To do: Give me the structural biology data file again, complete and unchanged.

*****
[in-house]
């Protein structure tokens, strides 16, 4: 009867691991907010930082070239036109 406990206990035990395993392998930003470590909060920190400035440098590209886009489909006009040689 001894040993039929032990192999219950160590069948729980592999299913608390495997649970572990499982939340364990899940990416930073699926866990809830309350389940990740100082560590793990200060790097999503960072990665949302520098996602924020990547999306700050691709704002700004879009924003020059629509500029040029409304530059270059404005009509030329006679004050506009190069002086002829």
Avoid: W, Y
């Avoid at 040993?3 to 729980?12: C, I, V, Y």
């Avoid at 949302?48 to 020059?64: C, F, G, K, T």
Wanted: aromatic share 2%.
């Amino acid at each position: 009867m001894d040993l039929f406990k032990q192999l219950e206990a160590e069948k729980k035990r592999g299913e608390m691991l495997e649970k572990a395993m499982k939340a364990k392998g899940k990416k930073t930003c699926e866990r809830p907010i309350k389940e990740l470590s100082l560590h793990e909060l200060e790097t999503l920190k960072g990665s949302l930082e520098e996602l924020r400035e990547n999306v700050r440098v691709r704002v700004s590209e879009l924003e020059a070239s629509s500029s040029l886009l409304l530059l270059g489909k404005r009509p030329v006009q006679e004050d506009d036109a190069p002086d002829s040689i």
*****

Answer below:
[in-house]
């Protein structure tokens, strides 16, 4: 009867691991907010930082070239036109 406990206990035990395993392998930003470590909060920190400035440098590209886009489909006009040689 001894040993039929032990192999219950160590069948729980592999299913608390495997649970572990499982939340364990899940990416930073699926866990809830309350389940990740100082560590793990200060790097999503960072990665949302520098996602924020990547999306700050691709704002700004879009924003020059629509500029040029409304530059270059404005009509030329006679004050506009190069002086002829």
Avoid: W, Y
């Avoid at 040993?3 to 729980?12: C, I, V, Y």
């Avoid at 949302?48 to 020059?64: C, F, G, K, T």
Wanted: aromatic share 2%.
């Amino acid at each position: 009867m001894d040993l039929f406990k032990q192999l219950e206990a160590e069948k729980k035990r592999g299913e608390m691991l495997e649970k572990a395993m499982k939340a364990k392998g899940k990416k930073t930003c699926e866990r809830p907010i309350k389940e990740l470590s100082l560590h793990e909060l200060e790097t999503l920190k960072g990665s949302l930082e520098e996602l924020r400035e990547n999306v700050r440098v691709r704002v700004s590209e879009l924003e020059a070239s629509s500029s040029l886009l409304l530059l270059g489909k404005r009509p030329v006009q006679e004050d506009d036109a190069p002086d002829s040689i």